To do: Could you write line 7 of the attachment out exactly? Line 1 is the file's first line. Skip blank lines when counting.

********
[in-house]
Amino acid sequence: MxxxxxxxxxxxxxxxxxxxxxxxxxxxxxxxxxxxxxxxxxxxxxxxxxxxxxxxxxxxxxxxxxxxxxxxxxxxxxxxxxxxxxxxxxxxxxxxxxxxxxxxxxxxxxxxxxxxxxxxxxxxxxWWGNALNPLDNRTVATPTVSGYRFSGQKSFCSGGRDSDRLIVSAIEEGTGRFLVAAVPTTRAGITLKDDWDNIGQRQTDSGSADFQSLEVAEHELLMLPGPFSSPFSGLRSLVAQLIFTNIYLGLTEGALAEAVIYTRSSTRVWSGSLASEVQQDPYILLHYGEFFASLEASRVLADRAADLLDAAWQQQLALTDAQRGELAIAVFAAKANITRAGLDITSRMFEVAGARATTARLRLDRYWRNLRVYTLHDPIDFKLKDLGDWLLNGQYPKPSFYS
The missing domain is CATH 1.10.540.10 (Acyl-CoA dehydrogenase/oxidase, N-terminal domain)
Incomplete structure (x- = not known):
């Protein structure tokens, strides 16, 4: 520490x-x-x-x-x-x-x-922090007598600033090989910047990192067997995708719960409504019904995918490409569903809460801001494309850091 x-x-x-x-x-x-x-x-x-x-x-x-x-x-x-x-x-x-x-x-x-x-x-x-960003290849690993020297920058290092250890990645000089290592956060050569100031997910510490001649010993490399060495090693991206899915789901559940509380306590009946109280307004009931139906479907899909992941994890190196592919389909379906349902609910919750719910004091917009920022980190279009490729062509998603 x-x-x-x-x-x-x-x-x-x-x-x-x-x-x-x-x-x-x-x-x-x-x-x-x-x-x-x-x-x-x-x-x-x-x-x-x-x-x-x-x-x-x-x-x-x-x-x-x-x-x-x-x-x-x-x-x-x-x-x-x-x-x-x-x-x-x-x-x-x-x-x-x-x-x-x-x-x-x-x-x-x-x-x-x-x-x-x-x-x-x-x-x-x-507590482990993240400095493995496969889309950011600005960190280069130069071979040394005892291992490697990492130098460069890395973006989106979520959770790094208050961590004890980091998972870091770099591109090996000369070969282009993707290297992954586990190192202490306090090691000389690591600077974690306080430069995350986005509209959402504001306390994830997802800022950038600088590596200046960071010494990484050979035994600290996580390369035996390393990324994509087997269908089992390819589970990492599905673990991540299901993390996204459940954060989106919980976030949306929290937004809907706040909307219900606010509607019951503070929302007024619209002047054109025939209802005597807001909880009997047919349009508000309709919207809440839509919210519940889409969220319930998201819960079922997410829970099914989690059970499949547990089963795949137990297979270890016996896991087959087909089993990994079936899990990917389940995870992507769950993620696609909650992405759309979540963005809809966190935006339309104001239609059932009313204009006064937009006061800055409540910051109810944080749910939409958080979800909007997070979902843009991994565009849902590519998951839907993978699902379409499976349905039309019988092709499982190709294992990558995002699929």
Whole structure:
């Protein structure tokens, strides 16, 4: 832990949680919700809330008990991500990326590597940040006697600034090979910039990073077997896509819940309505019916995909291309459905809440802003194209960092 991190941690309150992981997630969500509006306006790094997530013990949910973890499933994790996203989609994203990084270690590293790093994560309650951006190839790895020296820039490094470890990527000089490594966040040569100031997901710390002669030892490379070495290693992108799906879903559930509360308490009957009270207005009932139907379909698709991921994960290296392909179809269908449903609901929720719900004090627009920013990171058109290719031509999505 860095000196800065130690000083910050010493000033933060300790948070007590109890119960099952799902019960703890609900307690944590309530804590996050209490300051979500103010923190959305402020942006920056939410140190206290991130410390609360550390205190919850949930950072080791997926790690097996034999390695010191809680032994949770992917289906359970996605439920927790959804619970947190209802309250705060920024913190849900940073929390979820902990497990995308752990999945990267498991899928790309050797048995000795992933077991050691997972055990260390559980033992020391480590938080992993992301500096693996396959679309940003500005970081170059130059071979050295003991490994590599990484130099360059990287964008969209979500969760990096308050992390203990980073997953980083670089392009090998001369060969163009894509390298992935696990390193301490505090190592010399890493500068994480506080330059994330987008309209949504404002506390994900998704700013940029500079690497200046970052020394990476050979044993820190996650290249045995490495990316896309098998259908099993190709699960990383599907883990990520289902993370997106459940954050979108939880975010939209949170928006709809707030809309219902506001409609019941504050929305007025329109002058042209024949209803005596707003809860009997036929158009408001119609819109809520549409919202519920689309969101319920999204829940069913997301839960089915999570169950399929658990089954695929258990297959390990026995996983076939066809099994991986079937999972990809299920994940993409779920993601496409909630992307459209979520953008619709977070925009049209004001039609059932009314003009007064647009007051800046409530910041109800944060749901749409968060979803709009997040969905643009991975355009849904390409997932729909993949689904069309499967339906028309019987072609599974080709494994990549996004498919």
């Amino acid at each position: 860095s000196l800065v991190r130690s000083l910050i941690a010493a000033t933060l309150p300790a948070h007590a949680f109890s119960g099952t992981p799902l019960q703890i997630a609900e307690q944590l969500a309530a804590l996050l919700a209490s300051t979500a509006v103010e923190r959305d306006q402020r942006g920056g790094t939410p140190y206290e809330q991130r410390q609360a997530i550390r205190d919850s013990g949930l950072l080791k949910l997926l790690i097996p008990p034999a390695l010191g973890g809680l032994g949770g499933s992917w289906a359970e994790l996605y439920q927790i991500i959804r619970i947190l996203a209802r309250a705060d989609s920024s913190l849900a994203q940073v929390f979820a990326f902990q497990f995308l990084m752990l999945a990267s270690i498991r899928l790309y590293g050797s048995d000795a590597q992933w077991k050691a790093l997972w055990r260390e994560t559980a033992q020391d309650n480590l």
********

């Protein structure tokens, strides 16, 4: 832990949680919700809330008990991500990326590597940040006697600034090979910039990073077997896509819940309505019916995909291309459905809440802003194209960092 991190941690309150992981997630969500509006306006790094997530013990949910973890499933994790996203989609994203990084270690590293790093994560309650951006190839790895020296820039490094470890990527000089490594966040040569100031997901710390002669030892490379070495290693992108799906879903559930509360308490009957009270207005009932139907379909698709991921994960290296392909179809269908449903609901929720719900004090627009920013990171058109290719031509999505 860095000196800065130690000083910050010493000033933060300790948070007590109890119960099952799902019960703890609900307690944590309530804590996050209490300051979500103010923190959305402020942006920056939410140190206290991130410390609360550390205190919850949930950072080791997926790690097996034999390695010191809680032994949770992917289906359970996605439920927790959804619970947190209802309250705060920024913190849900940073929390979820902990497990995308752990999945990267498991899928790309050797048995000795992933077991050691997972055990260390559980033992020391480590938080992993992301500096693996396959679309940003500005970081170059130059071979050295003991490994590599990484130099360059990287964008969209979500969760990096308050992390203990980073997953980083670089392009090998001369060969163009894509390298992935696990390193301490505090190592010399890493500068994480506080330059994330987008309209949504404002506390994900998704700013940029500079690497200046970052020394990476050979044993820190996650290249045995490495990316896309098998259908099993190709699960990383599907883990990520289902993370997106459940954050979108939880975010939209949170928006709809707030809309219902506001409609019941504050929305007025329109002058042209024949209803005596707003809860009997036929158009408001119609819109809520549409919202519920689309969101319920999204829940069913997301839960089915999570169950399929658990089954695929258990297959390990026995996983076939066809099994991986079937999972990809299920994940993409779920993601496409909630992307459209979520953008619709977070925009049209004001039609059932009314003009007064647009007051800046409530910041109800944060749901749409968060979803709009997040969905643009991975355009849904390409997932729909993949689904069309499967339906028309019987072609599974080709494994990549996004498919």